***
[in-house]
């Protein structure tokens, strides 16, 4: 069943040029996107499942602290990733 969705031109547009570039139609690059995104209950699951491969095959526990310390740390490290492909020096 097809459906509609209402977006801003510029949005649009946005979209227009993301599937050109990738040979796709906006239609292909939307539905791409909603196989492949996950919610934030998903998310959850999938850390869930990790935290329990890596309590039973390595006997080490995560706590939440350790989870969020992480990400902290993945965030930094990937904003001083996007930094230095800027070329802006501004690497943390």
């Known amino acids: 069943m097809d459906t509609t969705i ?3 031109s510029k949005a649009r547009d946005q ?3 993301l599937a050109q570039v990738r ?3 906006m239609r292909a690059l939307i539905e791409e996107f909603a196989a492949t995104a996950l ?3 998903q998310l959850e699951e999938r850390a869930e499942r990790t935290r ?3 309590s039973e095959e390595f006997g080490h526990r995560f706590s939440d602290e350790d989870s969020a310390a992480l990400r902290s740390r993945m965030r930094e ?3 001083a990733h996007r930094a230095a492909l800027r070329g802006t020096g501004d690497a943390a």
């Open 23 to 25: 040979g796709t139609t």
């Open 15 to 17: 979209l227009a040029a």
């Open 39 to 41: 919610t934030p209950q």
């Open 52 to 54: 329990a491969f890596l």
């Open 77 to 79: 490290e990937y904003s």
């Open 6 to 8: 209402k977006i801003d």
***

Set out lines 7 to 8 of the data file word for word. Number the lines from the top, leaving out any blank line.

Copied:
């Open 52 to 54: 329990a491969f890596l």
């Open 77 to 79: 490290e990937y904003s």